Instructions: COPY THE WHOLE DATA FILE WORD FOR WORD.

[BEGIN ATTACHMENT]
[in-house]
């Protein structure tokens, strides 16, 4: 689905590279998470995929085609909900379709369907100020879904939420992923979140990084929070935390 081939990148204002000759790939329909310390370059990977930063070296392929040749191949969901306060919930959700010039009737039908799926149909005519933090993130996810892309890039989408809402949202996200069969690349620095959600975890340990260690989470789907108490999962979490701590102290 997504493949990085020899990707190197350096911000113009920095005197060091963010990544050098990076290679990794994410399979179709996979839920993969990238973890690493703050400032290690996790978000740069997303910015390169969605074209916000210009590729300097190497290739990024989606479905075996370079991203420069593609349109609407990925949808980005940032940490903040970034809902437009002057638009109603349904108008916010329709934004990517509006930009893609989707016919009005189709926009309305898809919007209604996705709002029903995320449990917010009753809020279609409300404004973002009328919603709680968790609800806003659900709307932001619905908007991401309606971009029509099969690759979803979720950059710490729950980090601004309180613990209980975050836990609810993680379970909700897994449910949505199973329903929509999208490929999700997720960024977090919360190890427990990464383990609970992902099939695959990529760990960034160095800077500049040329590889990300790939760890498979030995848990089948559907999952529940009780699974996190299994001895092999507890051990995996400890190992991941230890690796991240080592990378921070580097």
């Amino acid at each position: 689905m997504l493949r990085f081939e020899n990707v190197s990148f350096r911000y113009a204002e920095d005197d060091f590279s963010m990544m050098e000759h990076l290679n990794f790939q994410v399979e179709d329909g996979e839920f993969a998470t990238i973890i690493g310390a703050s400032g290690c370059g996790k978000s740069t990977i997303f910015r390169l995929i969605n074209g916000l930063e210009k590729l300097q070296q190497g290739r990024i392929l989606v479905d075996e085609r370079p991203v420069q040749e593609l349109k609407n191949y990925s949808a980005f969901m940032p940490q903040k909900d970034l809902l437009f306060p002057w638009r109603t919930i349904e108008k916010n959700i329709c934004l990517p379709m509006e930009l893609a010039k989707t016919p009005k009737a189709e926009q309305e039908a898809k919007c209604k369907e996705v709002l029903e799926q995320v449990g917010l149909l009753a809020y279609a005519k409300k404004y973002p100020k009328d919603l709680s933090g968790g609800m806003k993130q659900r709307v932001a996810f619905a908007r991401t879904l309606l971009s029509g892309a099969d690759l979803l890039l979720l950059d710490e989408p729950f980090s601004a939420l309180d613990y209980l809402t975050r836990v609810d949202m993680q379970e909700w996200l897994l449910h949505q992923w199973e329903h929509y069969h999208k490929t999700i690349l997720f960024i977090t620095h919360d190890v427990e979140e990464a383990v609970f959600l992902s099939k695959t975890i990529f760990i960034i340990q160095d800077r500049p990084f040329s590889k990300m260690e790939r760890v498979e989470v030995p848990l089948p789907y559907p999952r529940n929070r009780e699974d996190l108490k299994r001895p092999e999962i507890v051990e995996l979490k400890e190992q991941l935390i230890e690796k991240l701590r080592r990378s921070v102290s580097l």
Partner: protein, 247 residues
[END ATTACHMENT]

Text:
[in-house]
């Protein structure tokens, strides 16, 4: 689905590279998470995929085609909900379709369907100020879904939420992923979140990084929070935390 081939990148204002000759790939329909310390370059990977930063070296392929040749191949969901306060919930959700010039009737039908799926149909005519933090993130996810892309890039989408809402949202996200069969690349620095959600975890340990260690989470789907108490999962979490701590102290 997504493949990085020899990707190197350096911000113009920095005197060091963010990544050098990076290679990794994410399979179709996979839920993969990238973890690493703050400032290690996790978000740069997303910015390169969605074209916000210009590729300097190497290739990024989606479905075996370079991203420069593609349109609407990925949808980005940032940490903040970034809902437009002057638009109603349904108008916010329709934004990517509006930009893609989707016919009005189709926009309305898809919007209604996705709002029903995320449990917010009753809020279609409300404004973002009328919603709680968790609800806003659900709307932001619905908007991401309606971009029509099969690759979803979720950059710490729950980090601004309180613990209980975050836990609810993680379970909700897994449910949505199973329903929509999208490929999700997720960024977090919360190890427990990464383990609970992902099939695959990529760990960034160095800077500049040329590889990300790939760890498979030995848990089948559907999952529940009780699974996190299994001895092999507890051990995996400890190992991941230890690796991240080592990378921070580097």
């Amino acid at each position: 689905m997504l493949r990085f081939e020899n990707v190197s990148f350096r911000y113009a204002e920095d005197d060091f590279s963010m990544m050098e000759h990076l290679n990794f790939q994410v399979e179709d329909g996979e839920f993969a998470t990238i973890i690493g310390a703050s400032g290690c370059g996790k978000s740069t990977i997303f910015r390169l995929i969605n074209g916000l930063e210009k590729l300097q070296q190497g290739r990024i392929l989606v479905d075996e085609r370079p991203v420069q040749e593609l349109k609407n191949y990925s949808a980005f969901m940032p940490q903040k909900d970034l809902l437009f306060p002057w638009r109603t919930i349904e108008k916010n959700i329709c934004l990517p379709m509006e930009l893609a010039k989707t016919p009005k009737a189709e926009q309305e039908a898809k919007c209604k369907e996705v709002l029903e799926q995320v449990g917010l149909l009753a809020y279609a005519k409300k404004y973002p100020k009328d919603l709680s933090g968790g609800m806003k993130q659900r709307v932001a996810f619905a908007r991401t879904l309606l971009s029509g892309a099969d690759l979803l890039l979720l950059d710490e989408p729950f980090s601004a939420l309180d613990y209980l809402t975050r836990v609810d949202m993680q379970e909700w996200l897994l449910h949505q992923w199973e329903h929509y069969h999208k490929t999700i690349l997720f960024i977090t620095h919360d190890v427990e979140e990464a383990v609970f959600l992902s099939k695959t975890i990529f760990i960034i340990q160095d800077r500049p990084f040329s590889k990300m260690e790939r760890v498979e989470v030995p848990l089948p789907y559907p999952r529940n929070r009780e699974d996190l108490k299994r001895p092999e999962i507890v051990e995996l979490k400890e190992q991941l935390i230890e690796k991240l701590r080592r990378s921070v102290s580097l």
Partner: protein, 247 residues